At the centre of the Damascus Gate story is struggling free-lance journalist, Chris Lucas (Catholic mother, Jewish father), who teams up with a psychiatrist in Jerusalem to write a book about religious zealots, some insane, of all persuasions who come to the Holy City to ‘find the truth’ a condition labelled the ‘Jerusalem Syndrome’. The two men enlist the help of an archaeologist, who himself seems to have caught the ‘combative spiritualism’ endemic in Jerusalem. Little does Lucas realise that he is being followed, photographed and controlled by various groups fulfilling their own agendas. The Jerusalem Syndrome is a label attached to a group of mental phenomena involving the presence of either religiously themed obsessive ideas, delusions or other psychosis-like experiences that are believed to be triggered by a visit to the city of Jerusalem. Followers of the three Abrahamic religions of Judaism, Christianity and Islam can be equally affected by the syndrome. There is no doubt that with the Israeli army surrounding the city, and with its spies everywhere, the religion of Judaism appears to have the upper hand and control of the city and its environs with the help of its watch towers and road blocks at every twist and turn.  The best known manifestation of Jerusalem Syndrome is whereby a person who seems previously balanced and devoid of any signs of psychopathology becomes psychotic after arriving in Jerusalem. The psychosis is characterised by an intense religious mania and most often resolves to full recovery for the afflicted over time or immediately following their departure from the city.

Even those of little faith, or atheists, sense ‘there is something here in Jerusalem’, but what, they cannot say.

Damascus Gate is set in Jerusalem and surrounding areas, is fiction based on fact; we all know what a powder keg Jerusalem is with its struggle to contain the three religions within a relatively harmonious state. Making the situation even more volatile, are the various sects of Christianity, Islam and Judaism competing to have their ‘truth’ realised, even though archaeological proof is yet to be discovered for any of their respective claims. This book is a great read and highlights the sectarian differences between  Christians, Muslims and Jews whose followers all fight for supremacy over this small historically important city. Each sect has its own neighbourhood and if you’re not one of them, you are forewarned to avoid walking through its streets alone without an approved escort. It can be a very dangerous city and riots between Jews and Arabs can erupt at any time for the slightest of motives. Not only that, this fraught city attracts all manner of religious lunatics hell bent on ‘saving’ their respective Messiah’s or Holy Prophet’s relics from the infidel. Drugs, money and sexual favours add to the heady religious mix, and anything can happen at any time. Herman Melville’s quote sits revealingly on the front page of Damascus Gate: ‘Enigma and evasion grow; And shall we never find Thee out?’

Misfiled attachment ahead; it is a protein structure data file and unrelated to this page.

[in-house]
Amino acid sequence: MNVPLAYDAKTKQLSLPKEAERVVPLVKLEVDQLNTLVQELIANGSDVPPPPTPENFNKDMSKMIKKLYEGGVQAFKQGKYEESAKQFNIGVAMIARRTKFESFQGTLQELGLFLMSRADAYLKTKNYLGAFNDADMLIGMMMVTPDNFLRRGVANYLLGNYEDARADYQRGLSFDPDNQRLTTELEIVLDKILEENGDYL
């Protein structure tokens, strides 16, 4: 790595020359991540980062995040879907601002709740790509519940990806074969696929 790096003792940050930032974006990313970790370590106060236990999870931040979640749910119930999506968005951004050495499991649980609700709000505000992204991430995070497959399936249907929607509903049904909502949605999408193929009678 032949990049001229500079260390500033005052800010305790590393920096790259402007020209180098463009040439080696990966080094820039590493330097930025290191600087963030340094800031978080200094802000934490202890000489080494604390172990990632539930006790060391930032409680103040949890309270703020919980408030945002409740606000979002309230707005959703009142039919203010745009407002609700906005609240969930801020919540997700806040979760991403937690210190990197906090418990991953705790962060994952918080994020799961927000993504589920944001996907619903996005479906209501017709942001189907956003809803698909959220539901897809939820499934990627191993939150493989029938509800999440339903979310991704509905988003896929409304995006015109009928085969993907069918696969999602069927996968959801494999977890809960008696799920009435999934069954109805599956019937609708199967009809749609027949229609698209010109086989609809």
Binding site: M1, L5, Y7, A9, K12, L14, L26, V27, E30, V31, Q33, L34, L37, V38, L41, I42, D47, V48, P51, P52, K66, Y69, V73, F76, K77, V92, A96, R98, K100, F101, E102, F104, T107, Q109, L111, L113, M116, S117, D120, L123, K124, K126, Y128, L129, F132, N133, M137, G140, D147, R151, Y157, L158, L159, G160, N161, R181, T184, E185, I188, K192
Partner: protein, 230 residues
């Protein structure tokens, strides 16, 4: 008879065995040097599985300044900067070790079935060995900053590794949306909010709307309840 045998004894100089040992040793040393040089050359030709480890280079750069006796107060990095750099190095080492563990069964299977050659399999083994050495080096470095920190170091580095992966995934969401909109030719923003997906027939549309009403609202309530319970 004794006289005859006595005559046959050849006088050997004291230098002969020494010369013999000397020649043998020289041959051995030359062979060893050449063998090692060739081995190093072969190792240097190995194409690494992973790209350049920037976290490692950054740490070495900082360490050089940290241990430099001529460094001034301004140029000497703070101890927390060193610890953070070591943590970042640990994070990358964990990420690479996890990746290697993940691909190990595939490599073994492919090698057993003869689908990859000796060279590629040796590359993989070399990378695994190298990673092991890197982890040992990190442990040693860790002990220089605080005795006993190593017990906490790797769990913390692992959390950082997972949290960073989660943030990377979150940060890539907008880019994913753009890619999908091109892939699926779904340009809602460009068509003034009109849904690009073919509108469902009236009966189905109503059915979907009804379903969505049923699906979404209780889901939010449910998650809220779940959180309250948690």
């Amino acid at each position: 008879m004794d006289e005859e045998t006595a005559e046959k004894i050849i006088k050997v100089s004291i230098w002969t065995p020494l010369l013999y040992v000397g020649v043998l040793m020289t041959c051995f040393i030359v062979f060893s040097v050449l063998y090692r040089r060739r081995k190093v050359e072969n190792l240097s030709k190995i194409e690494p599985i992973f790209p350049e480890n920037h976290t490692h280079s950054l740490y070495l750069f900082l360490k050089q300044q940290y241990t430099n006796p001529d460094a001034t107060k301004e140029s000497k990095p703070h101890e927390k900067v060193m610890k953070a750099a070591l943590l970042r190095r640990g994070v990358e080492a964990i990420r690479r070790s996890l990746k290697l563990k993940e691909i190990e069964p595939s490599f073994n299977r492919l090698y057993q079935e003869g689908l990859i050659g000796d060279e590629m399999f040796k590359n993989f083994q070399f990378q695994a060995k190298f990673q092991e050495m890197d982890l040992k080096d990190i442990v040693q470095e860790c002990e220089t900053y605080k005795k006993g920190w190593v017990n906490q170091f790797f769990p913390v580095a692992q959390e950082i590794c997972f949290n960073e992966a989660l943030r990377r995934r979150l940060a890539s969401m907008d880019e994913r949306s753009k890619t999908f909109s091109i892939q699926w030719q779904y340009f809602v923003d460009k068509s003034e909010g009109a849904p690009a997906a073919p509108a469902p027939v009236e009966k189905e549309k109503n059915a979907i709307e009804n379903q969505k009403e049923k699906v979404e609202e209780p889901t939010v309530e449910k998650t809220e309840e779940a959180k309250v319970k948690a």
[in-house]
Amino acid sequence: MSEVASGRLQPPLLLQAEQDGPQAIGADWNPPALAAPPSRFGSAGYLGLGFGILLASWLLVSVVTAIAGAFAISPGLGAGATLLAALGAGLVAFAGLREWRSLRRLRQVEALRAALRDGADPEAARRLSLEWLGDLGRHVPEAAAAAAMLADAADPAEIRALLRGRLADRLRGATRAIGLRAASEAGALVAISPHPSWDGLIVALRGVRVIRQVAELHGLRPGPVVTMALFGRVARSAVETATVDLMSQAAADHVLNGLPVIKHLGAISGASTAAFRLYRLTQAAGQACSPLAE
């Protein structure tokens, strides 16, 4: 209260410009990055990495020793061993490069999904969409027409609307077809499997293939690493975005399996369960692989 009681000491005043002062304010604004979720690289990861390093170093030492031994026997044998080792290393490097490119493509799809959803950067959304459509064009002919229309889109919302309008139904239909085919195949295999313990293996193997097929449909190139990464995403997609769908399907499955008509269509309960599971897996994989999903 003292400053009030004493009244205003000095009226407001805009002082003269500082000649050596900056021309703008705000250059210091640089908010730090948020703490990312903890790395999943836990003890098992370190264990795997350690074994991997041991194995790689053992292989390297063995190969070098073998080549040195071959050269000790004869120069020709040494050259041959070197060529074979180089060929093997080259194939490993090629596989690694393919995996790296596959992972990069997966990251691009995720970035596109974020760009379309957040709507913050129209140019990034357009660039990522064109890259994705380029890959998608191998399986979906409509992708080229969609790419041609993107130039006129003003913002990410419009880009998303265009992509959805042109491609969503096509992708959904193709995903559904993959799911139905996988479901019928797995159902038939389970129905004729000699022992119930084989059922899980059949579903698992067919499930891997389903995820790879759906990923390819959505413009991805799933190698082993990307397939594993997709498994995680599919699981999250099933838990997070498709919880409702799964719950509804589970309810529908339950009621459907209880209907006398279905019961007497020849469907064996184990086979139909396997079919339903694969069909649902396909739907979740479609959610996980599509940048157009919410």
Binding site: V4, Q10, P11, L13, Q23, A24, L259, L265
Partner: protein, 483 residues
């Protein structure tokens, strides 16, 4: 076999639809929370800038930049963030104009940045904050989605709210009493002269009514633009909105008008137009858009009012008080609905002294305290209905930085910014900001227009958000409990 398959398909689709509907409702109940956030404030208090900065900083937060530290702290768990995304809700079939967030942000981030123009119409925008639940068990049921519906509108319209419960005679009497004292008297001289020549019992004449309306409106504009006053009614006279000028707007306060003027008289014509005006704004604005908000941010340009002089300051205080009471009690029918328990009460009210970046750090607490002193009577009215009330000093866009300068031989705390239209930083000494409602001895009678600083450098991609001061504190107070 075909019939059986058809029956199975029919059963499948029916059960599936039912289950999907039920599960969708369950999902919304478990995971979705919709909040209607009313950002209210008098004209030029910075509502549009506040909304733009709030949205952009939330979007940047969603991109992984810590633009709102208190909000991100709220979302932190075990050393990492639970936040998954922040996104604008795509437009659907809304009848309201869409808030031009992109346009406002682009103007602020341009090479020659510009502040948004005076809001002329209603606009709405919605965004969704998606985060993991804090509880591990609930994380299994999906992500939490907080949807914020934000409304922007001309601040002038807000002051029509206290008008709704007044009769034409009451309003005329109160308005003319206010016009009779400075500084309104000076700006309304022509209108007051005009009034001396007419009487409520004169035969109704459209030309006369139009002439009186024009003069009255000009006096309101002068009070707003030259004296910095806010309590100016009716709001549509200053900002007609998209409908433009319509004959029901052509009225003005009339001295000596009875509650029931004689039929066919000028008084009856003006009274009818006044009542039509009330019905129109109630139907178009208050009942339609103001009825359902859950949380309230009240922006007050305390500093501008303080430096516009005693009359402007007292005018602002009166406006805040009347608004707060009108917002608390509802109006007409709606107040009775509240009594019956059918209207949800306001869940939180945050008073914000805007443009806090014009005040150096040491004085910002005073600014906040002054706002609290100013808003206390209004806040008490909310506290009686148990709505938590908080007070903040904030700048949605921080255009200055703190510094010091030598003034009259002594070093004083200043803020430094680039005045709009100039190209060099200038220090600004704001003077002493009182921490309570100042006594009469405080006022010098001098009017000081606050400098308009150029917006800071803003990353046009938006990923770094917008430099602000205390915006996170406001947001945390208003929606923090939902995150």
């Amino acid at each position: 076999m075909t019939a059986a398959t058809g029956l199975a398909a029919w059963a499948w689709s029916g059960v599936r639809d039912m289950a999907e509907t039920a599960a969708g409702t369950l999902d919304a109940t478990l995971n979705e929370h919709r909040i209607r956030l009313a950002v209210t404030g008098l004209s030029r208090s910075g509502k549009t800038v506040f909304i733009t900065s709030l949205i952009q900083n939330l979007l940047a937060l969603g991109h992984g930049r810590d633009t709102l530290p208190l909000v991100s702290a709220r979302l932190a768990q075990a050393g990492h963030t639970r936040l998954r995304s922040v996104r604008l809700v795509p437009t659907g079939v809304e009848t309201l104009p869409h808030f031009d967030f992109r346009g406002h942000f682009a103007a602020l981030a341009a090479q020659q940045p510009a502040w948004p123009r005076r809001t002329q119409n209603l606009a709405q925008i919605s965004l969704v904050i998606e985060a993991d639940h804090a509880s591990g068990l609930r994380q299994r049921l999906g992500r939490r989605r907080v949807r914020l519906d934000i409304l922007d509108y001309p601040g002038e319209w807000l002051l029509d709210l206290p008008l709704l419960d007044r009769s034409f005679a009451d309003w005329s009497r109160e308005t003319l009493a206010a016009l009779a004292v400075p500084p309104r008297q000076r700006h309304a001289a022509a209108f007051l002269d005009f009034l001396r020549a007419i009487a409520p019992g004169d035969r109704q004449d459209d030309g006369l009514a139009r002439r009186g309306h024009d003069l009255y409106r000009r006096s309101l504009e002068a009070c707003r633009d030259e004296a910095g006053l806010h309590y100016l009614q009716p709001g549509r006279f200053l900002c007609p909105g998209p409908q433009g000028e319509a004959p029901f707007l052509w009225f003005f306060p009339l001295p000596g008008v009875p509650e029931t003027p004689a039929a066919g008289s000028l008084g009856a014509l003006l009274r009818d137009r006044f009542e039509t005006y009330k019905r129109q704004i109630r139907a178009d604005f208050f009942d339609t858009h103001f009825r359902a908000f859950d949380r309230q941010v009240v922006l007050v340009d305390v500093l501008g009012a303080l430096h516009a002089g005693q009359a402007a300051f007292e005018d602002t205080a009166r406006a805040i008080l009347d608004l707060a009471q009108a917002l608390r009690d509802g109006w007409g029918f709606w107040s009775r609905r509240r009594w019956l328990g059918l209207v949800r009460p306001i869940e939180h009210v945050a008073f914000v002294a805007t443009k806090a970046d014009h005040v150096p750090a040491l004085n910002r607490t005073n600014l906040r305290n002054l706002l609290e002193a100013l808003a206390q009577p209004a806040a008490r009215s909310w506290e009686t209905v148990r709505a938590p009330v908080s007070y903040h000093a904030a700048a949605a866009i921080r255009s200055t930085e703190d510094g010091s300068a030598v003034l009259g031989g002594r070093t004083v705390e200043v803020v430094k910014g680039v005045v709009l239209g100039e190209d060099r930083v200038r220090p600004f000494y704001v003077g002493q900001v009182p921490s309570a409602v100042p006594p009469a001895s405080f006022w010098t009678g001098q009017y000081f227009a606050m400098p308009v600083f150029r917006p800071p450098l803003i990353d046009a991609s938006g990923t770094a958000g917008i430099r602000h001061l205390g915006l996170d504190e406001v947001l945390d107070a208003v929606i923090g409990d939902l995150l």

A  Jewish extremist underground movement exists in Jerusalem and it aspires to rebuild the Temple. To achieve this, the mosques must be blown sky high. The Israeli Defence Force and Mossad know that if this happens Armageddon will erupt in Jerusalem which will surpass its many past destructions, the effects of which will be felt across the globe. There is not much going on in Jerusalem that these two forces don’t know about.  The tensions are deep and ancient, with their thousands of years of history fought over every day and at every religious festival. Serious political games are being played out at the very highest levels where murder, intrigue and ‘religious  authority’ are used to control and incite violence which is forever simmering at a very shallow depth beneath the surface of this ancient land.

Israelis and Palestinians both claim Jerusalem as their capital, and the state of Israel maintains its primary governmental institutions there. One of Israel’s Basic Laws, the 1980 Jerusalem Law refers to Jerusalem as the country’s undivided capital. All branches of the Israeli government are located in Jerusalem, including the Knesset (Israel’s parliament), the residences of the Prime Minister, President and the Supreme Court while the State of Palestine ultimately foresees the city as its seat of power. However, neither claim is widely recognized internationally. In latter years Muslim extremists have become more powerful and dangerous making Jerusalem even more volatile than ever. Staff of non-government organisations such as the UN and Save the Children, feature in this story and all play an integral part in the intrigue and hidden agendas.

One reviewer says of Damascus Gate: ‘Stone has a journalist’s eye for detail, but a novelist’s eye for irony’…and I believe that this is what makes the book such a great read. Stone manages to capture all the intrigue, all the religious fervour and menace in his words and all the while there is the ‘festering menace of Gaza’.

-Anne Frandi-Coory 23 January 2017

 

I’m Your Man; The Life Of Leonard Cohen

is an authorised biography by Sylvie Simmons published 2012, four years before Leonard Cohen’s death on 7 November 2016.

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I have just finished reading this wonderful book which I bought at the Clunes Book Fair earlier this year.